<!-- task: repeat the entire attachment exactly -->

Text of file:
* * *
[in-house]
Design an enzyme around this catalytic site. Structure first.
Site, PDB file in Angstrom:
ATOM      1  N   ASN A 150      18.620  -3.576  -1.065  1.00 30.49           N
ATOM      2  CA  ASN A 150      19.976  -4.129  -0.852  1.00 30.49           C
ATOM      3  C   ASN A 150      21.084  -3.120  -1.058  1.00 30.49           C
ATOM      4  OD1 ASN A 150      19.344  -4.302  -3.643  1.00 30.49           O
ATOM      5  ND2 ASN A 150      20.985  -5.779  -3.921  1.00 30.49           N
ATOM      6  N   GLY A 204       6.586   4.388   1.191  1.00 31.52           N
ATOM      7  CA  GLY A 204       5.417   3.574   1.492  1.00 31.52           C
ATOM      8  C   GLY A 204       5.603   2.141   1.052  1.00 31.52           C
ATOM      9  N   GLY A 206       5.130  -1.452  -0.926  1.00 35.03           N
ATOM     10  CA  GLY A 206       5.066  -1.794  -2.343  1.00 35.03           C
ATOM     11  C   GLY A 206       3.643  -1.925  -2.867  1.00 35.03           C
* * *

[in-house]
Design an enzyme around this catalytic site. Structure first.
Site, PDB file in Angstrom:
ATOM      1  N   ASN A 150      18.620  -3.576  -1.065  1.00 30.49           N
ATOM      2  CA  ASN A 150      19.976  -4.129  -0.852  1.00 30.49           C
ATOM      3  C   ASN A 150      21.084  -3.120  -1.058  1.00 30.49           C
ATOM      4  OD1 ASN A 150      19.344  -4.302  -3.643  1.00 30.49           O
ATOM      5  ND2 ASN A 150      20.985  -5.779  -3.921  1.00 30.49           N
ATOM      6  N   GLY A 204       6.586   4.388   1.191  1.00 31.52           N
ATOM      7  CA  GLY A 204       5.417   3.574   1.492  1.00 31.52           C
ATOM      8  C   GLY A 204       5.603   2.141   1.052  1.00 31.52           C
ATOM      9  N   GLY A 206       5.130  -1.452  -0.926  1.00 35.03           N
ATOM     10  CA  GLY A 206       5.066  -1.794  -2.343  1.00 35.03           C
ATOM     11  C   GLY A 206       3.643  -1.925  -2.867  1.00 35.03           C